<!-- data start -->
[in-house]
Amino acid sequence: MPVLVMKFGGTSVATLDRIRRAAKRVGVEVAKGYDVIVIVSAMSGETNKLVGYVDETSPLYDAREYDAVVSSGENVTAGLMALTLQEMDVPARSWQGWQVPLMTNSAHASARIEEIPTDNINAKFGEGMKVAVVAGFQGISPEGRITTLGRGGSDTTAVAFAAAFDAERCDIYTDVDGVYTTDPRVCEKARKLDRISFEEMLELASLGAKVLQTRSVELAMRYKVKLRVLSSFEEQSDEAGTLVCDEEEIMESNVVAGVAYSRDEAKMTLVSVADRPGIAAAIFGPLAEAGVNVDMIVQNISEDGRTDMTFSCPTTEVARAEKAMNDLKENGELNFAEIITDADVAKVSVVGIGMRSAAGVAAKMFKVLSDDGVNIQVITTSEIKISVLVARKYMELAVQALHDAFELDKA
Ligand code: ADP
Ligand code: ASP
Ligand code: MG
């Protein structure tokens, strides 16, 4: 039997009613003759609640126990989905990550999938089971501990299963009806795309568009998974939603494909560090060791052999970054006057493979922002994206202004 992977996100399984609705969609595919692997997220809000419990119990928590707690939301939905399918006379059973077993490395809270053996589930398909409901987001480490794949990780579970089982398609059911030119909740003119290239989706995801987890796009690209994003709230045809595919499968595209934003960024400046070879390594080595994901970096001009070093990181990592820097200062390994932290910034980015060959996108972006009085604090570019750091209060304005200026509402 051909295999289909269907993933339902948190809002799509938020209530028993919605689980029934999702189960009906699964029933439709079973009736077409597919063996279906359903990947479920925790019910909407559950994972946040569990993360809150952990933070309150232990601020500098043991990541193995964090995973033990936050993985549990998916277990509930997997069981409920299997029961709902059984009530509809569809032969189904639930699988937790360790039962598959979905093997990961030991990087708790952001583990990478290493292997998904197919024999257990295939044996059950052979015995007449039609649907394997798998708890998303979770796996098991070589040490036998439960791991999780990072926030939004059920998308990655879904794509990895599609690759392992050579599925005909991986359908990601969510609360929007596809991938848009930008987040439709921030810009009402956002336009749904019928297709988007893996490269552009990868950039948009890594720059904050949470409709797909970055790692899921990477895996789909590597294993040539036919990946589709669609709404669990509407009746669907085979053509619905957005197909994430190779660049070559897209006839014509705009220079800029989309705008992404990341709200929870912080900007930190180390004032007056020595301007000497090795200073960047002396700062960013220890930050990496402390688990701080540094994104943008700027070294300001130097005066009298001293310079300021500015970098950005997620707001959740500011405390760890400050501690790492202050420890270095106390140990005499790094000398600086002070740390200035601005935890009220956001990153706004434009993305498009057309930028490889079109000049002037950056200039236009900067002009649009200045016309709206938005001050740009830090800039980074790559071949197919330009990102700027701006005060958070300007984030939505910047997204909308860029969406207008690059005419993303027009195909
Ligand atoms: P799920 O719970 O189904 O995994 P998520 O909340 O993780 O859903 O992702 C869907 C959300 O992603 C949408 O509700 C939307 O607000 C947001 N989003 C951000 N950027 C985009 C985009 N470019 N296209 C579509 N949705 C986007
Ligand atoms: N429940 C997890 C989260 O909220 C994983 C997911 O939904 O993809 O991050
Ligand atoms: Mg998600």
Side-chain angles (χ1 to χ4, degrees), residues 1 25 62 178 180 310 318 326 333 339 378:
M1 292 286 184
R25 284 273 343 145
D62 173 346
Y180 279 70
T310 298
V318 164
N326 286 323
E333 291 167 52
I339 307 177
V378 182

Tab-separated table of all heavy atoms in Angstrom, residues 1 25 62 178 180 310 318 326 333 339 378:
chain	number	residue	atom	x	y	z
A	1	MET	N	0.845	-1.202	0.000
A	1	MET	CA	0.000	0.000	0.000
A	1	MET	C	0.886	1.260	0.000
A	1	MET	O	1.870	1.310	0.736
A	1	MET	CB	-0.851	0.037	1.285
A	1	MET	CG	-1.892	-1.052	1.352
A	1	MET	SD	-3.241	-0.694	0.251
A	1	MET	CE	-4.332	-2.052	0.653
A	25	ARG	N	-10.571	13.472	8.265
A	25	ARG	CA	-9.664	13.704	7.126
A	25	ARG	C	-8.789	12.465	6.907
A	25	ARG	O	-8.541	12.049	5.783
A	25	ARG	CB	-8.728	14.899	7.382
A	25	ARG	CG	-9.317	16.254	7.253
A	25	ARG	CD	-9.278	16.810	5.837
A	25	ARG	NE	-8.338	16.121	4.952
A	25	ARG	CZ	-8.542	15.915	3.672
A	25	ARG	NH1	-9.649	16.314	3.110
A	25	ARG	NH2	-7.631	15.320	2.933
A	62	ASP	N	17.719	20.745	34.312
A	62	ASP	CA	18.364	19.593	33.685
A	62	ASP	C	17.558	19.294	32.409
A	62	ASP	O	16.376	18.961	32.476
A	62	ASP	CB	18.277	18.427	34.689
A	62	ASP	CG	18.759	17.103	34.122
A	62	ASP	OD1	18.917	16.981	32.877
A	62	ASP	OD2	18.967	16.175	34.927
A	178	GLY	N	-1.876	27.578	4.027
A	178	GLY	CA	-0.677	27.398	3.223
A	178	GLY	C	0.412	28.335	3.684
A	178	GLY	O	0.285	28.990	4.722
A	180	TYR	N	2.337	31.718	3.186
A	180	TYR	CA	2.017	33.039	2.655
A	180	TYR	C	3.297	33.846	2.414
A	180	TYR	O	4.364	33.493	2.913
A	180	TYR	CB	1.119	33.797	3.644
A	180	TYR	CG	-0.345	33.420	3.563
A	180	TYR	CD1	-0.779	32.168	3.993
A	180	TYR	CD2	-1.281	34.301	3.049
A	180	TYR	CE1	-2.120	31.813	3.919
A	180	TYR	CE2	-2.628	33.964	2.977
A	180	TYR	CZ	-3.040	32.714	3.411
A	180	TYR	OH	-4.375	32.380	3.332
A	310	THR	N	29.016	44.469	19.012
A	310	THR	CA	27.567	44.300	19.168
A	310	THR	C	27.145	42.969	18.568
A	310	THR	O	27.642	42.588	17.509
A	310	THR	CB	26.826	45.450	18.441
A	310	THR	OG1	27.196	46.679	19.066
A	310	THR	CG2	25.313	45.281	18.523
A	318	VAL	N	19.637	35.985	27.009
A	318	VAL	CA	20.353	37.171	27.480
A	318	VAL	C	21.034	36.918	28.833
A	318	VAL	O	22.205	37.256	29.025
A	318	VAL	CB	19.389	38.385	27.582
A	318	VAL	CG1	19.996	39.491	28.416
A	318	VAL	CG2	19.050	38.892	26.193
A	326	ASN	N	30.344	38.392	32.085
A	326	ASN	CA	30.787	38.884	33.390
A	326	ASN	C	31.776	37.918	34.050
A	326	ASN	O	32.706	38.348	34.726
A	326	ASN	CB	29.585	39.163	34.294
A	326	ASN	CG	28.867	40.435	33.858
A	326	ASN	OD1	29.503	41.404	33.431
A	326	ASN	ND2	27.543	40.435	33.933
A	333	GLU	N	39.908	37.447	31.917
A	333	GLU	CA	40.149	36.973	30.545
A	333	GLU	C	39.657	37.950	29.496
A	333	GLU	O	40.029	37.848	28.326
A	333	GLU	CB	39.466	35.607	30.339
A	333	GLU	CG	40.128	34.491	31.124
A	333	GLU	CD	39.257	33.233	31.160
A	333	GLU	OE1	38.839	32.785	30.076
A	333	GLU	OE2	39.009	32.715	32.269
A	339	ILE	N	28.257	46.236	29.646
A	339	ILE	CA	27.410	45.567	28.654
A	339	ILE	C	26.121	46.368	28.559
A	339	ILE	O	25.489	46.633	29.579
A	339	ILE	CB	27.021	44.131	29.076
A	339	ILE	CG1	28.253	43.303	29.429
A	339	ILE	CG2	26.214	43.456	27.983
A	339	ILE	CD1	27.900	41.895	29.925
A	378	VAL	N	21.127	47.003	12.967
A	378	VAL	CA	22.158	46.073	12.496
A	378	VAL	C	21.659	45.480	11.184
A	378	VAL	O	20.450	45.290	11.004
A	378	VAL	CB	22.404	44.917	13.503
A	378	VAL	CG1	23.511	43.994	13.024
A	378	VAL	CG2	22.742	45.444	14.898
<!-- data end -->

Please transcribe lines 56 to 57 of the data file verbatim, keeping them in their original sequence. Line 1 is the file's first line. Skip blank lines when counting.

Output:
A	180	TYR	C	3.297	33.846	2.414
A	180	TYR	O	4.364	33.493	2.913